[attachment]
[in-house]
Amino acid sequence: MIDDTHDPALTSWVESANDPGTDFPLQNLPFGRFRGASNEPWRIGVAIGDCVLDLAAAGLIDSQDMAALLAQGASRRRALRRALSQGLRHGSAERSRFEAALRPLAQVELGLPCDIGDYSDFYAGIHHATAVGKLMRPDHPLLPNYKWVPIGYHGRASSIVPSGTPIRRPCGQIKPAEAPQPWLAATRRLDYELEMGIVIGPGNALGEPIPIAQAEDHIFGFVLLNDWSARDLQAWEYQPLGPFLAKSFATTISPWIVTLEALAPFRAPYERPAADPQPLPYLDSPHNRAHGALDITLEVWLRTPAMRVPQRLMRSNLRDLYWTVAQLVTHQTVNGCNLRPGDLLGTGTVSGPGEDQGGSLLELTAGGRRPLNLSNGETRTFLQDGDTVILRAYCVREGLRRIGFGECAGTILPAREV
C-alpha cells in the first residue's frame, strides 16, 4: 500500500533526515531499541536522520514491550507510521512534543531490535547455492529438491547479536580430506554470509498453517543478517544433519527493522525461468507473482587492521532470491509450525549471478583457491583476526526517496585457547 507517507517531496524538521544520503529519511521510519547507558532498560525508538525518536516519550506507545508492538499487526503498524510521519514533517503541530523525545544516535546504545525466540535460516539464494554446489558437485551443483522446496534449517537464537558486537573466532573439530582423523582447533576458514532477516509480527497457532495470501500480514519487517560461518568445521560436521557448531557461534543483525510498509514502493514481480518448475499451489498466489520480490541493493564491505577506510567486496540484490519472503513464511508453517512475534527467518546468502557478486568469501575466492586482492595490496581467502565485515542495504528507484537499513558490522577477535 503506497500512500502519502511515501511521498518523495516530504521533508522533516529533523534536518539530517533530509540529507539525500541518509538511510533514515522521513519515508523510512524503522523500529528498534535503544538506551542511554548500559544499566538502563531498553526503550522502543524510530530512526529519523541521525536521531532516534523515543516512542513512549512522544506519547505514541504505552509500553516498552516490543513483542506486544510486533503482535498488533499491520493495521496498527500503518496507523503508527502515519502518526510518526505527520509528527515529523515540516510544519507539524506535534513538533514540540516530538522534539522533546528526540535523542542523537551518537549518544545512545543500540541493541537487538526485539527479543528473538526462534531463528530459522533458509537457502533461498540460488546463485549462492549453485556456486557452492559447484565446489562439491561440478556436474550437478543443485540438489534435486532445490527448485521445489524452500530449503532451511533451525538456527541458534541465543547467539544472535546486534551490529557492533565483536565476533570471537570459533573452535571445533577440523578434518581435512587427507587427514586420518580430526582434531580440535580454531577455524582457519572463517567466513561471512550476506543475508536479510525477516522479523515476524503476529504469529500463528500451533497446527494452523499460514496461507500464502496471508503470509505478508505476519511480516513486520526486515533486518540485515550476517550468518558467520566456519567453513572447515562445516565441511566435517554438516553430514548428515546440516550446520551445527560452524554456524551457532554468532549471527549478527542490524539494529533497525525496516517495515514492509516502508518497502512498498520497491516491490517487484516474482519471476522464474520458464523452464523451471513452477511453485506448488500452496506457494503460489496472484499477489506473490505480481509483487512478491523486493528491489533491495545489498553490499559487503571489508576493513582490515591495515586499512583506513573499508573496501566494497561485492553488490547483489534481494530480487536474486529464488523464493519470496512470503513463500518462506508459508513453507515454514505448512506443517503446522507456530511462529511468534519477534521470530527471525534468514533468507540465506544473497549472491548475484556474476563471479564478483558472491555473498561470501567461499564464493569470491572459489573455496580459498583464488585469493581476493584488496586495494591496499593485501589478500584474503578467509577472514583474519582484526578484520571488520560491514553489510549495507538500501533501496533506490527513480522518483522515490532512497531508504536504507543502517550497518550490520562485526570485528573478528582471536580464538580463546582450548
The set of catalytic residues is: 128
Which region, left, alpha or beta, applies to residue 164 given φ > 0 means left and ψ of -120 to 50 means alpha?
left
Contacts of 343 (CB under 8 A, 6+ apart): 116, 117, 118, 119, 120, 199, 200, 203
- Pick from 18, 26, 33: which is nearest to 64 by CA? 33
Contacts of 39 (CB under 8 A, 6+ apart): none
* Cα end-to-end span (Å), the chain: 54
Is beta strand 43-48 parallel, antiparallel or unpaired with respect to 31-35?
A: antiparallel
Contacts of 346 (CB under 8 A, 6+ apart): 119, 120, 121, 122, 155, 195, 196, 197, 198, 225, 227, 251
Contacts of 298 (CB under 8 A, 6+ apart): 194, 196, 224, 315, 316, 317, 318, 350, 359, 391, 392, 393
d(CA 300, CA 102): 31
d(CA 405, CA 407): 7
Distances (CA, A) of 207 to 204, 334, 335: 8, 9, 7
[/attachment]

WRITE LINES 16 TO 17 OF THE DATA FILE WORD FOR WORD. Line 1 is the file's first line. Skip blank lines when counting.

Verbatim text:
d(CA 405, CA 407): 7
Distances (CA, A) of 207 to 204, 334, 335: 8, 9, 7